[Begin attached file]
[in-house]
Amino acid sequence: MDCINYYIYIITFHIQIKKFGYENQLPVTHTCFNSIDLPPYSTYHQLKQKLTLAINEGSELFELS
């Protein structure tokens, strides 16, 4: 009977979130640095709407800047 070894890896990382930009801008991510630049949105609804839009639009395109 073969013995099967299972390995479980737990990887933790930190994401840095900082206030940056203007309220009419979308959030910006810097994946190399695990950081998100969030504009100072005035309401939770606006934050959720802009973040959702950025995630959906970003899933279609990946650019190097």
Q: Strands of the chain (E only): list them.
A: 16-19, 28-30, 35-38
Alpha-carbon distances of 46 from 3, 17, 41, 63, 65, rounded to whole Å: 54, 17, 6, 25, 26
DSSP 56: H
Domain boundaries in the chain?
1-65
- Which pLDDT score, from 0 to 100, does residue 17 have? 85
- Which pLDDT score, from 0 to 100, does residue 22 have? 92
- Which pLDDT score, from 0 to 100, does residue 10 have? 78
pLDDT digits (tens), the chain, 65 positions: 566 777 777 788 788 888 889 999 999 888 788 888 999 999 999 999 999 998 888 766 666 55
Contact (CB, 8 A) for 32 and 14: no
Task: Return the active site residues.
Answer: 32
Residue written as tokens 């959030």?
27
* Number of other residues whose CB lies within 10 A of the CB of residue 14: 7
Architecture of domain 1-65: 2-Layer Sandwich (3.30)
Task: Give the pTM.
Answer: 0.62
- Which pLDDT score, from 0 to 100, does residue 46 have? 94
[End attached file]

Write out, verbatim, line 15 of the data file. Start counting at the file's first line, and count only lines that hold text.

Task: Return the active site residues.